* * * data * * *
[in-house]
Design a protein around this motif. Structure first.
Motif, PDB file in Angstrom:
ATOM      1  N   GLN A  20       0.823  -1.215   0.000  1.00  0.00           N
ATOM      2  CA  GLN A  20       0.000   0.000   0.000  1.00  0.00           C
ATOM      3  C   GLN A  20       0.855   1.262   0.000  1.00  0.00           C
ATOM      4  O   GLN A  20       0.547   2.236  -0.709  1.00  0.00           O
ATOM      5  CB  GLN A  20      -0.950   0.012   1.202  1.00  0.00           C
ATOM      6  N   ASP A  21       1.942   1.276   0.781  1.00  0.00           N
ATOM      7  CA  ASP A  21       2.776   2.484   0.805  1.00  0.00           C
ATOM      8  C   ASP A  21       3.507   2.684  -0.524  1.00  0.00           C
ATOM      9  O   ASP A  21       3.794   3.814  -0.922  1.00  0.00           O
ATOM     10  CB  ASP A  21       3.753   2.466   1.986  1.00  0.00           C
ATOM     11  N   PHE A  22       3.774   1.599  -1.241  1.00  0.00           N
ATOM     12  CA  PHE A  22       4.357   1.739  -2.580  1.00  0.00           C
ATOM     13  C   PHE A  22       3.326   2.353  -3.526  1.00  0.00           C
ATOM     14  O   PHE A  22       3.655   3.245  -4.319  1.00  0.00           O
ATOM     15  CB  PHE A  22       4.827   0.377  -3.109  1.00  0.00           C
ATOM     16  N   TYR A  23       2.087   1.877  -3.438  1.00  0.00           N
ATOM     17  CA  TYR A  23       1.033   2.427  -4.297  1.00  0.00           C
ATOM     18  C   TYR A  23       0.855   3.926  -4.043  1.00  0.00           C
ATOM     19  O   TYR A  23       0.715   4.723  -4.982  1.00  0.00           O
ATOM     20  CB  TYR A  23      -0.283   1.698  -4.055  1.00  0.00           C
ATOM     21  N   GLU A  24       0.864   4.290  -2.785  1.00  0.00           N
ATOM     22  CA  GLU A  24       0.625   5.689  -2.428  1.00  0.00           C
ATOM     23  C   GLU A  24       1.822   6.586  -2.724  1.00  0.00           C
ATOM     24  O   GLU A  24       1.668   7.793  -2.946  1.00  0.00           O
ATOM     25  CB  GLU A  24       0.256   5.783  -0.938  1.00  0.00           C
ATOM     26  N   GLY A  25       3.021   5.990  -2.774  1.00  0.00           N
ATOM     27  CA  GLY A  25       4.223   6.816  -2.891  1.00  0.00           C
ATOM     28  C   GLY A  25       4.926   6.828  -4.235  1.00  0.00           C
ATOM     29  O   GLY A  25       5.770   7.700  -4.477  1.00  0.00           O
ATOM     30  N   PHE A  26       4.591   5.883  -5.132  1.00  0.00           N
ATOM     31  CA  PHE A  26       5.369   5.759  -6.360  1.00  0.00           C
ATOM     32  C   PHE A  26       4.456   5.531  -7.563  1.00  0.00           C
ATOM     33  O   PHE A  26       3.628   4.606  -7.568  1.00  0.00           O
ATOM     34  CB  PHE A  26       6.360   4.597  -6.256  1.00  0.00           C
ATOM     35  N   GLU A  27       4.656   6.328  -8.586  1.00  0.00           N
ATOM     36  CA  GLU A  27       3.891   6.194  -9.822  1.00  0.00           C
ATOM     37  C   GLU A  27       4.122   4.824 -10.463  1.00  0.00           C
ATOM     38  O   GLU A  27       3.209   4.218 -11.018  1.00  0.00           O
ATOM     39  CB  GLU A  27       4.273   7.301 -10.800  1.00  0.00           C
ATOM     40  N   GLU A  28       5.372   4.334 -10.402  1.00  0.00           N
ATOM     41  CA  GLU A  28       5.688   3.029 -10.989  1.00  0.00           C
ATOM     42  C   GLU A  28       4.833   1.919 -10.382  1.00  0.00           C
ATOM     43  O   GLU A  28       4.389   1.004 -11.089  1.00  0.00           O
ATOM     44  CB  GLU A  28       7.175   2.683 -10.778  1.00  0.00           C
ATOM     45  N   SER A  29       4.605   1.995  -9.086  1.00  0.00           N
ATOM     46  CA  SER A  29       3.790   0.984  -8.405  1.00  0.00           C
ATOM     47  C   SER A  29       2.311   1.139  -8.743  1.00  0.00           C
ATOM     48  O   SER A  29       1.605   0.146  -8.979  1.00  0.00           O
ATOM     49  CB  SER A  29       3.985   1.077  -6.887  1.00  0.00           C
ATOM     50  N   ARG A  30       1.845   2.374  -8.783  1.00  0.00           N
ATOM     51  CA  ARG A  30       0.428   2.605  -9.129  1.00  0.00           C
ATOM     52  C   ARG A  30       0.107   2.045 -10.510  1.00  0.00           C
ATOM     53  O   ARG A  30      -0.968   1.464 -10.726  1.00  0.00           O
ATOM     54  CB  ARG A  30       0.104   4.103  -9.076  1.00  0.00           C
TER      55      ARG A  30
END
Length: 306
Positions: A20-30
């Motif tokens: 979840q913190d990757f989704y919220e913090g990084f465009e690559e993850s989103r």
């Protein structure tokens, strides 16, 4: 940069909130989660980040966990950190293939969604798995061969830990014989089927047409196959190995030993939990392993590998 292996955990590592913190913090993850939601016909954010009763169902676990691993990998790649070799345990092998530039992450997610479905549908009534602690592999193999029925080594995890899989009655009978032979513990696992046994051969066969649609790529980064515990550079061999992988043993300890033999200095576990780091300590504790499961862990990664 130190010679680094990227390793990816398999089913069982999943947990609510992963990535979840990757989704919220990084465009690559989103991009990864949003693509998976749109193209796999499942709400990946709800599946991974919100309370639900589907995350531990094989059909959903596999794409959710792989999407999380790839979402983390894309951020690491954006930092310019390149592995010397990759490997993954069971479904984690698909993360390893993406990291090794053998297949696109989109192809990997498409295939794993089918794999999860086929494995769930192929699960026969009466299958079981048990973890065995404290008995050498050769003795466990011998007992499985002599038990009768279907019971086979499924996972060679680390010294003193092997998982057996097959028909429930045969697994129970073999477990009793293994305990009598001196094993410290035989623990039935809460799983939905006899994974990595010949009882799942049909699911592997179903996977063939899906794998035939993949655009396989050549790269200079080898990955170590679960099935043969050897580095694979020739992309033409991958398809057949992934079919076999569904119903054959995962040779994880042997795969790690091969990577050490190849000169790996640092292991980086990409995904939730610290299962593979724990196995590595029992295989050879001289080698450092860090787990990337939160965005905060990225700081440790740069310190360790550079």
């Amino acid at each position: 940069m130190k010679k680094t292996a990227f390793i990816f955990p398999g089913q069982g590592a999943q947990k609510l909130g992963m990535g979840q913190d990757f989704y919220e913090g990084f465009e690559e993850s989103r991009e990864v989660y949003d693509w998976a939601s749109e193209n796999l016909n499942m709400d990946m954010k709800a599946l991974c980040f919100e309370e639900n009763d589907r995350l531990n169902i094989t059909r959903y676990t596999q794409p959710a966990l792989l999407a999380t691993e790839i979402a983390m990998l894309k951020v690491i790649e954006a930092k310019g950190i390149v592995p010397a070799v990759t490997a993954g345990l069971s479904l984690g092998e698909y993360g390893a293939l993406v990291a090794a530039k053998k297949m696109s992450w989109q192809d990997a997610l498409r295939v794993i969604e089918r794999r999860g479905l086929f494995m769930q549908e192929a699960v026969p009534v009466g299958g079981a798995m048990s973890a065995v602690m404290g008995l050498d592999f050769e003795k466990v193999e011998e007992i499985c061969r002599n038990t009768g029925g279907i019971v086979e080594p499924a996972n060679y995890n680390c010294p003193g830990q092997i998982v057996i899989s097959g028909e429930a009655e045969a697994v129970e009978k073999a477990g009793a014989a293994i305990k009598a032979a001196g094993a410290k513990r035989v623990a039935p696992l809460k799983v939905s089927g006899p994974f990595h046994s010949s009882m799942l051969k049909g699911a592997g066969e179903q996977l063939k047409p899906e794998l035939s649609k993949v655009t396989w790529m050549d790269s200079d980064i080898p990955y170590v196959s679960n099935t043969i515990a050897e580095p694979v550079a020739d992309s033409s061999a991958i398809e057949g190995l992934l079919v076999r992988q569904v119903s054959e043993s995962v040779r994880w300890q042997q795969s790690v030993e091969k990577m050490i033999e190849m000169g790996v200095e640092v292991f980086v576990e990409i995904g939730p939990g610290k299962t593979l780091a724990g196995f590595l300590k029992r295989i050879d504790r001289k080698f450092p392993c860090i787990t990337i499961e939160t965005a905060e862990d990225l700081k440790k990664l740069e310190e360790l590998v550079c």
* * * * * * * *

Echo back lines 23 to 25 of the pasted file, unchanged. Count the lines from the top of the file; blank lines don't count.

ATOM     20  CB  TYR A  23      -0.283   1.698  -4.055  1.00  0.00           C
ATOM     21  N   GLU A  24       0.864   4.290  -2.785  1.00  0.00           N
ATOM     22  CA  GLU A  24       0.625   5.689  -2.428  1.00  0.00           C